Saturday, January 16, 2016


Red Crow Mi'g Maq reservation, 1976: By government decree, every Indian child under the age of 16 must attend residential school. In the kingdom of the Crow, that means imprisonment at St. Dymphna's. That means being at the mercy of "Popper", the sadistic Indian agent who runs the school. At 15, Aila is the weed princess of Red Crow. Hustling with her uncle Burner, she sells enough dope to pay Popper her "truancy tax", keeping her out of St. Ds. But when Aila's drug money is stolen and her father Joseph returns from prison, the precarious balance of Aila's world is destroyed. Her only options are to run or fight... and Mi'gMaq don't run. Written by monterey media (Courtesy of Internet Movie Database)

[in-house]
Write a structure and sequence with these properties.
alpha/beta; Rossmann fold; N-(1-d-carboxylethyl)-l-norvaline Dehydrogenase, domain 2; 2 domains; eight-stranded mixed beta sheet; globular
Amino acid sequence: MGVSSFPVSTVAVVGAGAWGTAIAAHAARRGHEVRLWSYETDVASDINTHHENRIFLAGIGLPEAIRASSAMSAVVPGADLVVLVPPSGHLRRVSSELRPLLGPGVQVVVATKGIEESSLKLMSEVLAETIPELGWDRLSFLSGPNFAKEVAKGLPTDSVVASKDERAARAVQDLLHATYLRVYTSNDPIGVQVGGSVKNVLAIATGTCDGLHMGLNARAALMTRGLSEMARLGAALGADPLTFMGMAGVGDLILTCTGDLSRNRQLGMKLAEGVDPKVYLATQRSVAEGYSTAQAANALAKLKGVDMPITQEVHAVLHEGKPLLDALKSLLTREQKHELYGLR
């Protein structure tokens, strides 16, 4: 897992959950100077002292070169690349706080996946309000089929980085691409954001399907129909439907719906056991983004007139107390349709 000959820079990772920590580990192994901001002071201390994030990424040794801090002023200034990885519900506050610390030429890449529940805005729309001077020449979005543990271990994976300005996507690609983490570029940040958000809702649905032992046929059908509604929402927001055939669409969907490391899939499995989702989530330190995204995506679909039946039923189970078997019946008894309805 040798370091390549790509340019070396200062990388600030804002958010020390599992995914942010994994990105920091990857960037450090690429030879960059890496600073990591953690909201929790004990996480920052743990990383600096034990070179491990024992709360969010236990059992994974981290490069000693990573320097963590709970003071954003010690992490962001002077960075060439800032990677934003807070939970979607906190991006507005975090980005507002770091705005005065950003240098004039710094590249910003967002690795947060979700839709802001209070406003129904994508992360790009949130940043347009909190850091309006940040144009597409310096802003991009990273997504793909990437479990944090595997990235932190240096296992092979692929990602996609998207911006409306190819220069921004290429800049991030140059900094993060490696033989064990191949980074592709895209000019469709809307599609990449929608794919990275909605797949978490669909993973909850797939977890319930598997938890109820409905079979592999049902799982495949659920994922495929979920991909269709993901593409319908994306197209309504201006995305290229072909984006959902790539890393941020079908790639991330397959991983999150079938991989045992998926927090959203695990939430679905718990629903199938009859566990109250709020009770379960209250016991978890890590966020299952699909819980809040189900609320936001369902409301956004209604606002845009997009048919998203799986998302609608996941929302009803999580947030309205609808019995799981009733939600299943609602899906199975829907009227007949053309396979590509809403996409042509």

Rhymes for Young Ghouls written and directed by Jeff Barnby sent me to a place unlike any I had ever encountered in person or on film. In many cases, I like that, and that was the story here. The darker side of life on an Indian reservation had me awestruck as this story of a drug peddling teenage girl unfolded. Not familiar to this lifestyle as a whole I felt there were some aspects and rituals performed in the story I didn’t quite grasp or could have better understood the reason for the actions of the characters. Although the story of the drug dealing little girl who’s crew was dubbed by their white oppressor with the power, privilege, and religion seemed to strike a cord with me. And as I continued to watch how they weaved the story with art I saw the true uniqueness of this film. So for Rhymes for Young Ghouls I gave it 3 stars for an intriguing story that took me to a very unfamiliar place.

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